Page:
- Guide dog – is a carefully trained dog that assists persons with severe visual impairments or who are blind to navigate and travel.
- Hearing or Signal dog – has been trained to alert and assist persons with significant hearing loss or who are deaf to respond to specific sounds such as emergency alarms, doorbells, phones, and alarm clocks.
- Sensory or Social Alert dog (Ssig) – is trained to assist people with autism to avoid sensory overload, remain calm when in environments where sensory overload is high, alerts the handler to distracting, repetitive movements. Ssig dogs may also provide support similar to hearing or signal dogs.
- Seizure Alert dog – is trained to alert persons with seizure disorders of impending seizures and to assist their handler during and after a seizure by standing guard or going for help.
- Mobility Dog – has been trained to assist people with severe mobility challenges by pulling wheel chairs or by providing physical support for balance and stability.
*Under particular circumstances, a miniature horse may qualify as a service animal. All other species of animals, whether wild or domestic, trained or untrained, are not service animals for the purposes of this definition.
For an individual to qualify for using a service animal on campus he/she must:
- Have a disability as defined by the Americans with Disabilities Act; and,
- The service animal must be trained to do specific tasks for the qualified individual.
If and only if the work or tasks a service animal provides to a handler are not readily apparent, Northland staff may inquire of the qualified individual:
- Whether the animal is required because of a disability; and,
- What work or task has the dog been trained to perform.
Staff cannot ask about the person’s disability, require medical documentation, require a special identification card or training documentation for the dog, or ask that the dog demonstrate its ability to perform the work or task.
Staff or students may contact the Campus Safety if any questions or concerns arise relating to the presence of a services animal, to report service animal misbehavior or mistreatment of a service animal. If living in a Northland residential hall, College personnel may require proof of compliance with local animal licensing ordinances.
Responsibilities of the Handler
Unless such devices interfere with the service animal’s work or the individual’s disability prevents using them, service animals must be harnessed, leashed, or tethered. In all cases, the handler must maintain control of the animal through voice, signal, or other effective controls.
The expense and responsibility to feed, provide health care, and necessary bathing and grooming of service animal is the sole responsibility of the handler. Service animals must comply with local licensing laws.
The handler is responsible for removing or arranging for removal of animal waste.
The handler is responsible for damage or injury caused by the service animal.
College personnel may only ask service animal handlers to remove their service animal from College premises or from the immediate area as follows:
- If the service animal is not under the owner’s direct control or the service animal is disturbing or disrupting the normal administrative, academic, or programmatic routine, then the handler must first be given an opportunity to get the animal under control. If the disruption or disturbance continues, then the handler may be asked to remove the animal; or
- If the presence, behavior, or actions of the service animal constitutes an immediate risk or danger to people or property, the handler can be asked to immediately remove the animal and 911 (emergency assistance) may be contacted.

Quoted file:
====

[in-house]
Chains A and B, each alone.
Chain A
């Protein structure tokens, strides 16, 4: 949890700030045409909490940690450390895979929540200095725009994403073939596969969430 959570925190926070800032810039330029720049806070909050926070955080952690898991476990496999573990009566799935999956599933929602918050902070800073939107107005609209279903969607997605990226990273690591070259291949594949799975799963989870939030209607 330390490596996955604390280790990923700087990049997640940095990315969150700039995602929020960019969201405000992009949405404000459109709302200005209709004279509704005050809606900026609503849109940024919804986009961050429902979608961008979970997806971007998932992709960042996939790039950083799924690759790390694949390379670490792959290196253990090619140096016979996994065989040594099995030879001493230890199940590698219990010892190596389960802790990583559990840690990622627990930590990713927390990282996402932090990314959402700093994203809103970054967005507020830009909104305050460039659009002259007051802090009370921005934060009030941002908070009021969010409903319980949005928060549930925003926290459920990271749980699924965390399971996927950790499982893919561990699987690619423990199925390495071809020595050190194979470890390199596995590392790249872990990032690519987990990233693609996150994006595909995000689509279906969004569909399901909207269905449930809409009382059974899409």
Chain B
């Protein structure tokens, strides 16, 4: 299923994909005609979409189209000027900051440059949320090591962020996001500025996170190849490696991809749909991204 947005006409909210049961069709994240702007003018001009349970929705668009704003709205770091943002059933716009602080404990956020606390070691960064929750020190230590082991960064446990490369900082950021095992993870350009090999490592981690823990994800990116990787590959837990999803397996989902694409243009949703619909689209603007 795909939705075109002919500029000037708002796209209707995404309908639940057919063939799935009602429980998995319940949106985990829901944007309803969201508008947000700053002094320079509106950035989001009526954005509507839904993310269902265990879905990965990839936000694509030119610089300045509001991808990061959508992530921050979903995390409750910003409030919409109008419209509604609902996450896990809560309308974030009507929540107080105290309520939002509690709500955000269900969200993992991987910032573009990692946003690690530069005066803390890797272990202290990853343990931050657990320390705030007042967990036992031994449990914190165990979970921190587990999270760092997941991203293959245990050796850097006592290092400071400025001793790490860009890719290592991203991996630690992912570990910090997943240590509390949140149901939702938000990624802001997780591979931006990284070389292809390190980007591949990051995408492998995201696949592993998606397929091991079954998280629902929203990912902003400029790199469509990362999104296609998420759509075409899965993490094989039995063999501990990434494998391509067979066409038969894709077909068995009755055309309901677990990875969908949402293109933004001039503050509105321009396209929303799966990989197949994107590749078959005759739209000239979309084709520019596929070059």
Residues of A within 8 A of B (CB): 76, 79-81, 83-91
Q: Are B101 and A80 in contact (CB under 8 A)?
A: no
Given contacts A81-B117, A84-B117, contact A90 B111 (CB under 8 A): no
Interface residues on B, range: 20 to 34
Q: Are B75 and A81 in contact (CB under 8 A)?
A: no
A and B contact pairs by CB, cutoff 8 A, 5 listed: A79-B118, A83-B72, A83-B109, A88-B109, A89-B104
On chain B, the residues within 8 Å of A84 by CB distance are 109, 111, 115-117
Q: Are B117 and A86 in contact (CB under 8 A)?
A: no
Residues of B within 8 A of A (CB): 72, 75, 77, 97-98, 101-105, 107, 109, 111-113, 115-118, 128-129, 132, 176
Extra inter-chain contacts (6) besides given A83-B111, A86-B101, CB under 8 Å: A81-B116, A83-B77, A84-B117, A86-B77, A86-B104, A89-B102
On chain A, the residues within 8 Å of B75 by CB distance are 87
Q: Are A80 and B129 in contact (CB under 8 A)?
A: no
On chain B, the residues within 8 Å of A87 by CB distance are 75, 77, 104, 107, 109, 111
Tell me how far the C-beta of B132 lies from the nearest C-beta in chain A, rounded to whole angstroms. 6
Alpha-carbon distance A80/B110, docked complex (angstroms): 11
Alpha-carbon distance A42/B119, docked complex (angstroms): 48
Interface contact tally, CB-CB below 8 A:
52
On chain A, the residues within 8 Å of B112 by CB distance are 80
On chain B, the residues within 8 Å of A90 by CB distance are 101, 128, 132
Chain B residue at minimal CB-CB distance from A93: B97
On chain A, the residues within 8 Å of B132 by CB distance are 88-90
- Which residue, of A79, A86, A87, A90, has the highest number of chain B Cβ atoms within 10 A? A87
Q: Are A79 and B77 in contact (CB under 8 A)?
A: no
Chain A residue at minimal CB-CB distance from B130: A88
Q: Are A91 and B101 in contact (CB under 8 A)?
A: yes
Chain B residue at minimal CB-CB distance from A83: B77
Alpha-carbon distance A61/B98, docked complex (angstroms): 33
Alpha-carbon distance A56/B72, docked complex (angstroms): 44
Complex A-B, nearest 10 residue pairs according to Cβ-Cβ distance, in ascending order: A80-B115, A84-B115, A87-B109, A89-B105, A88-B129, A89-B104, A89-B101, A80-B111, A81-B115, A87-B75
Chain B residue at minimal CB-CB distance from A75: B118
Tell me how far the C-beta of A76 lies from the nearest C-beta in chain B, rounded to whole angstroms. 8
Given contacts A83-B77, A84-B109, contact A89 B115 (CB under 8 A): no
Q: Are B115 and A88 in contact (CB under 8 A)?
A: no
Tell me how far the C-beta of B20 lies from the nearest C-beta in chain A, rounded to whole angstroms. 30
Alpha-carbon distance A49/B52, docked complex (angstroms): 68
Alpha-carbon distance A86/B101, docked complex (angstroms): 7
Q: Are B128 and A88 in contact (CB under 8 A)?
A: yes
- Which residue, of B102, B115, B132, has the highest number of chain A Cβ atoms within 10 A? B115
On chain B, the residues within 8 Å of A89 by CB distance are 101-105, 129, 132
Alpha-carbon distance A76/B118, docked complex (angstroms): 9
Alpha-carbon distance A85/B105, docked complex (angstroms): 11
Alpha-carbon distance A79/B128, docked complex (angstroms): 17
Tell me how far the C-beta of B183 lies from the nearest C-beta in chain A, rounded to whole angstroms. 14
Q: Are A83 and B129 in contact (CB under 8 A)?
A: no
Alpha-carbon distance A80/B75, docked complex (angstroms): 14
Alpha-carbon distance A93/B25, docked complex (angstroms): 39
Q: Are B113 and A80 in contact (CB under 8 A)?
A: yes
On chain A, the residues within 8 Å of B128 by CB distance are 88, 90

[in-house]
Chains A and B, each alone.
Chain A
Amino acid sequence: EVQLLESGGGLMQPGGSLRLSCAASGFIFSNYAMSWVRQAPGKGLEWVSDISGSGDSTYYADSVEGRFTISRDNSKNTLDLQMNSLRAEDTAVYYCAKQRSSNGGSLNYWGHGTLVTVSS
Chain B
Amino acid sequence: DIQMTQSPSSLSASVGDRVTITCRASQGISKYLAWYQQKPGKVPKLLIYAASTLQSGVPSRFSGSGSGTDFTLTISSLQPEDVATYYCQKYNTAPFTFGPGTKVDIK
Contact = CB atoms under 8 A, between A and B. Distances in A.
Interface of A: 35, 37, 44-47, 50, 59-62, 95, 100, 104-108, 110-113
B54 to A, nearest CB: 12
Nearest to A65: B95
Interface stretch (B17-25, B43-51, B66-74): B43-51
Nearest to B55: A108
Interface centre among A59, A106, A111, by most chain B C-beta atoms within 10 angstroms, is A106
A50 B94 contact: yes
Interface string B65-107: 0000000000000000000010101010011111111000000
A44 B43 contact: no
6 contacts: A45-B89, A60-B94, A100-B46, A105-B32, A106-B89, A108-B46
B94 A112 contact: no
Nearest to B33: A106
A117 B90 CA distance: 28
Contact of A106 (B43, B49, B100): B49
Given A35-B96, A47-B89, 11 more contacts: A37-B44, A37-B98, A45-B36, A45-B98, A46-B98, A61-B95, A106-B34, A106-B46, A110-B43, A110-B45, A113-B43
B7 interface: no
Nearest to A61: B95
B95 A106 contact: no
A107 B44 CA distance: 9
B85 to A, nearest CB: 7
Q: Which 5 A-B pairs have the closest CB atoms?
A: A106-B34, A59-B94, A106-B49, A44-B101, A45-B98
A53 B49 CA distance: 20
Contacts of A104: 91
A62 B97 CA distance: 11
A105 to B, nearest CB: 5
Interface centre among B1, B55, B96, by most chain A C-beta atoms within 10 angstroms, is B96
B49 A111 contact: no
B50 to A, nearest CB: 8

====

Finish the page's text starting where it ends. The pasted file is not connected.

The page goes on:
If asked to remove the service animal, the handler must be offered the opportunity to return to the College premises or the immediate area without the service animal and be provided with reasonable assistance at that time to participate in the College service or program.
Depending on the seriousness of the animal’s conduct or repeated conduct, service animals may be excluded from College property temporarily or permanently. If a service animal is excluded, the designated accessibility office is available to assist in evaluating reasonable accommodations for the owner.
Owners who violate this policy or disregard an instruction to remove or exclude a service animal from College property may be subject to additional penalties, including banning from any College property, or other fines or penalties under applicable city, county, or state rules, regulations, or laws. Violations of this policy by a handler who is a College student or employee may be referred for corrective or disciplinary action.
Restrictions on Access for Service Animals
A service animal may be restricted from specific areas of the College when consistent with other College policies, state, and/or federal laws/regulations. Examples of these areas may include:
- Food preparation areas;
- Animal research facilities and grounds; and
- Biologically sensitive or hazardous research sites.
If a service animal is restricted from certain areas, the designated accessibility services office is available to assist in evaluating reasonable accommodations for the owner.
Registering a Service Animal
- Students with service animals are not required to register with the Office of Accessibility Resources (OAR). OAR maintains a voluntary Service Dog Registry to support students on campus who use service dogs by informing appropriate residential and facility staff of the animal’s presence, informing first responders, and to assist with situations in which the animal’s access is challenged by College community members. The service animal, and the student handler, are expected to adhere to the rights and responsibilities outlined in this document.
- Faculty and staff with service animals who wish to bring their animal to work are expected to adhere to the rights and responsibilities outlined in this document.
- Service animals accompanying visitors to campus are permitted access, under the ADA, and do not have to formally notify the campus of the animal’s presence. Visitors and their service animals are expected to adhere to the rights and responsibilities outlined in this document.